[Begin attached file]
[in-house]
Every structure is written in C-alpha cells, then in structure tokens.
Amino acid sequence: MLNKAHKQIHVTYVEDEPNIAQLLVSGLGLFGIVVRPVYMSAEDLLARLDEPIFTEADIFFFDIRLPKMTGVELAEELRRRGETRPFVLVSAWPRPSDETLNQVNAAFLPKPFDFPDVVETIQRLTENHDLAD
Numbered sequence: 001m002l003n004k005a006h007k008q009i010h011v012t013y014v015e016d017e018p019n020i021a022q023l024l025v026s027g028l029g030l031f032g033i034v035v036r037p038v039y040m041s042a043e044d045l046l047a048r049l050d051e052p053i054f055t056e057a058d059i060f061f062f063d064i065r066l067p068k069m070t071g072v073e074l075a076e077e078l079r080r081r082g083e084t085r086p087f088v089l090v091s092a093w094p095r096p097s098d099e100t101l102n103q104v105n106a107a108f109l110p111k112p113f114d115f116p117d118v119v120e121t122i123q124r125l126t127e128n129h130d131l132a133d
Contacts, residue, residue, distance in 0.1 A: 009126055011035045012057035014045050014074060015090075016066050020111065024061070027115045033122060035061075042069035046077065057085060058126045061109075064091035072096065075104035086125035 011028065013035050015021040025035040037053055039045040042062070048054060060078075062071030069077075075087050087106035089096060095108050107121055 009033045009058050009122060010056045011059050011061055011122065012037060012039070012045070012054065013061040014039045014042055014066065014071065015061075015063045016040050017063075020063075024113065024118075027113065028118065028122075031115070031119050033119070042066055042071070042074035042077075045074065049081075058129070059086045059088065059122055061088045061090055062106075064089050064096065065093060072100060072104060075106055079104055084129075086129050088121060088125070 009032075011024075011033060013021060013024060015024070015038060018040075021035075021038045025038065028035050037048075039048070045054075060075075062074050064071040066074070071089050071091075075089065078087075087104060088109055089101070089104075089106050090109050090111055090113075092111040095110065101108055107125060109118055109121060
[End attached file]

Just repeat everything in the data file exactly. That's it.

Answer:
[in-house]
Every structure is written in C-alpha cells, then in structure tokens.
Amino acid sequence: MLNKAHKQIHVTYVEDEPNIAQLLVSGLGLFGIVVRPVYMSAEDLLARLDEPIFTEADIFFFDIRLPKMTGVELAEELRRRGETRPFVLVSAWPRPSDETLNQVNAAFLPKPFDFPDVVETIQRLTENHDLAD
Numbered sequence: 001m002l003n004k005a006h007k008q009i010h011v012t013y014v015e016d017e018p019n020i021a022q023l024l025v026s027g028l029g030l031f032g033i034v035v036r037p038v039y040m041s042a043e044d045l046l047a048r049l050d051e052p053i054f055t056e057a058d059i060f061f062f063d064i065r066l067p068k069m070t071g072v073e074l075a076e077e078l079r080r081r082g083e084t085r086p087f088v089l090v091s092a093w094p095r096p097s098d099e100t101l102n103q104v105n106a107a108f109l110p111k112p113f114d115f116p117d118v119v120e121t122i123q124r125l126t127e128n129h130d131l132a133d
Contacts, residue, residue, distance in 0.1 A: 009126055011035045012057035014045050014074060015090075016066050020111065024061070027115045033122060035061075042069035046077065057085060058126045061109075064091035072096065075104035086125035 011028065013035050015021040025035040037053055039045040042062070048054060060078075062071030069077075075087050087106035089096060095108050107121055 009033045009058050009122060010056045011059050011061055011122065012037060012039070012045070012054065013061040014039045014042055014066065014071065015061075015063045016040050017063075020063075024113065024118075027113065028118065028122075031115070031119050033119070042066055042071070042074035042077075045074065049081075058129070059086045059088065059122055061088045061090055062106075064089050064096065065093060072100060072104060075106055079104055084129075086129050088121060088125070 009032075011024075011033060013021060013024060015024070015038060018040075021035075021038045025038065028035050037048075039048070045054075060075075062074050064071040066074070071089050071091075075089065078087075087104060088109055089101070089104075089106050090109050090111055090113075092111040095110065101108055107125060109118055109121060